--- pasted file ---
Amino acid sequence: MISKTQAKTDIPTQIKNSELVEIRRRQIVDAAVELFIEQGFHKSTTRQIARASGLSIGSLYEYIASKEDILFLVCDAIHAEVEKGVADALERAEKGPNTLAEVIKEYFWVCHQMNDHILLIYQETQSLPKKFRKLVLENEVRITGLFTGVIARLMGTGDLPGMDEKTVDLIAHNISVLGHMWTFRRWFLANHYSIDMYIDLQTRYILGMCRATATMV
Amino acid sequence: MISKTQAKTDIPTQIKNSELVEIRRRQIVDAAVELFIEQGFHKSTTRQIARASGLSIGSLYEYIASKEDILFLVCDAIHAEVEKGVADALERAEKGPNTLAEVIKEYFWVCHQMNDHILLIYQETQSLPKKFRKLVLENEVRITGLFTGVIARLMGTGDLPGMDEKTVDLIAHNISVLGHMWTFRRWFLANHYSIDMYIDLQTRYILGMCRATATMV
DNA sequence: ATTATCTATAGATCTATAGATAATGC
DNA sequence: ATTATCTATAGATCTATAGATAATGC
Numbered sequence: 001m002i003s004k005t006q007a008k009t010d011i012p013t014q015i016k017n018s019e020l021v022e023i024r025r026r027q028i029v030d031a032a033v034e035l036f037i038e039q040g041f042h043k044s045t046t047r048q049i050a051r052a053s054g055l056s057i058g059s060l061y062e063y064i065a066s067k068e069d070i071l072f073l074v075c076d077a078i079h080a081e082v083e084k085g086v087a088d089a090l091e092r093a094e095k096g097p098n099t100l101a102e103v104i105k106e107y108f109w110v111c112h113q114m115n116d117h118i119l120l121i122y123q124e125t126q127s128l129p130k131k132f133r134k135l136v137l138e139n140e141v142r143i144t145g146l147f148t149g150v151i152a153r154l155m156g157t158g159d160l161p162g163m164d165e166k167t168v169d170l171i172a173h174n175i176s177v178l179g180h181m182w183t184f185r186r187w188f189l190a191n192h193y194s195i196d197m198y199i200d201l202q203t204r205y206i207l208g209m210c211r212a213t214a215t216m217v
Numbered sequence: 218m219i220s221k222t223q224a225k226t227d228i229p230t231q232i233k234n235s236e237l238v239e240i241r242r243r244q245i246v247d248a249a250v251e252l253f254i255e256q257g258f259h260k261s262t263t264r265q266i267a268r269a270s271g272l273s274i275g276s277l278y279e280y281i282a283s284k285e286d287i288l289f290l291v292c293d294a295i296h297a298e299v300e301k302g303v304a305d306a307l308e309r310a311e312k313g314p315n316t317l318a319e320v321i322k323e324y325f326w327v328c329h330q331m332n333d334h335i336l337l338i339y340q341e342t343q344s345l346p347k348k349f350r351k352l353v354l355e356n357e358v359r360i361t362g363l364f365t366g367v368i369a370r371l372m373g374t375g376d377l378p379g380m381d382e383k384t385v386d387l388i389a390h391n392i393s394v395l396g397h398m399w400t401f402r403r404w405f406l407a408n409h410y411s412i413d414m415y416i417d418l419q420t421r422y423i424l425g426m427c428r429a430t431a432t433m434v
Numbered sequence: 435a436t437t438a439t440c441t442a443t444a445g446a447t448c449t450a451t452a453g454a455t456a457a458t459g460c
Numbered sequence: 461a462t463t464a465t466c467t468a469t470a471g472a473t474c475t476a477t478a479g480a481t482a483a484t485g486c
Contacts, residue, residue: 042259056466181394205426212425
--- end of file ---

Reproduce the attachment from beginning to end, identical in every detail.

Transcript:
Amino acid sequence: MISKTQAKTDIPTQIKNSELVEIRRRQIVDAAVELFIEQGFHKSTTRQIARASGLSIGSLYEYIASKEDILFLVCDAIHAEVEKGVADALERAEKGPNTLAEVIKEYFWVCHQMNDHILLIYQETQSLPKKFRKLVLENEVRITGLFTGVIARLMGTGDLPGMDEKTVDLIAHNISVLGHMWTFRRWFLANHYSIDMYIDLQTRYILGMCRATATMV
Amino acid sequence: MISKTQAKTDIPTQIKNSELVEIRRRQIVDAAVELFIEQGFHKSTTRQIARASGLSIGSLYEYIASKEDILFLVCDAIHAEVEKGVADALERAEKGPNTLAEVIKEYFWVCHQMNDHILLIYQETQSLPKKFRKLVLENEVRITGLFTGVIARLMGTGDLPGMDEKTVDLIAHNISVLGHMWTFRRWFLANHYSIDMYIDLQTRYILGMCRATATMV
DNA sequence: ATTATCTATAGATCTATAGATAATGC
DNA sequence: ATTATCTATAGATCTATAGATAATGC
Numbered sequence: 001m002i003s004k005t006q007a008k009t010d011i012p013t014q015i016k017n018s019e020l021v022e023i024r025r026r027q028i029v030d031a032a033v034e035l036f037i038e039q040g041f042h043k044s045t046t047r048q049i050a051r052a053s054g055l056s057i058g059s060l061y062e063y064i065a066s067k068e069d070i071l072f073l074v075c076d077a078i079h080a081e082v083e084k085g086v087a088d089a090l091e092r093a094e095k096g097p098n099t100l101a102e103v104i105k106e107y108f109w110v111c112h113q114m115n116d117h118i119l120l121i122y123q124e125t126q127s128l129p130k131k132f133r134k135l136v137l138e139n140e141v142r143i144t145g146l147f148t149g150v151i152a153r154l155m156g157t158g159d160l161p162g163m164d165e166k167t168v169d170l171i172a173h174n175i176s177v178l179g180h181m182w183t184f185r186r187w188f189l190a191n192h193y194s195i196d197m198y199i200d201l202q203t204r205y206i207l208g209m210c211r212a213t214a215t216m217v
Numbered sequence: 218m219i220s221k222t223q224a225k226t227d228i229p230t231q232i233k234n235s236e237l238v239e240i241r242r243r244q245i246v247d248a249a250v251e252l253f254i255e256q257g258f259h260k261s262t263t264r265q266i267a268r269a270s271g272l273s274i275g276s277l278y279e280y281i282a283s284k285e286d287i288l289f290l291v292c293d294a295i296h297a298e299v300e301k302g303v304a305d306a307l308e309r310a311e312k313g314p315n316t317l318a319e320v321i322k323e324y325f326w327v328c329h330q331m332n333d334h335i336l337l338i339y340q341e342t343q344s345l346p347k348k349f350r351k352l353v354l355e356n357e358v359r360i361t362g363l364f365t366g367v368i369a370r371l372m373g374t375g376d377l378p379g380m381d382e383k384t385v386d387l388i389a390h391n392i393s394v395l396g397h398m399w400t401f402r403r404w405f406l407a408n409h410y411s412i413d414m415y416i417d418l419q420t421r422y423i424l425g426m427c428r429a430t431a432t433m434v
Numbered sequence: 435a436t437t438a439t440c441t442a443t444a445g446a447t448c449t450a451t452a453g454a455t456a457a458t459g460c
Numbered sequence: 461a462t463t464a465t466c467t468a469t470a471g472a473t474c475t476a477t478a479g480a481t482a483a484t485g486c
Contacts, residue, residue: 042259056466181394205426212425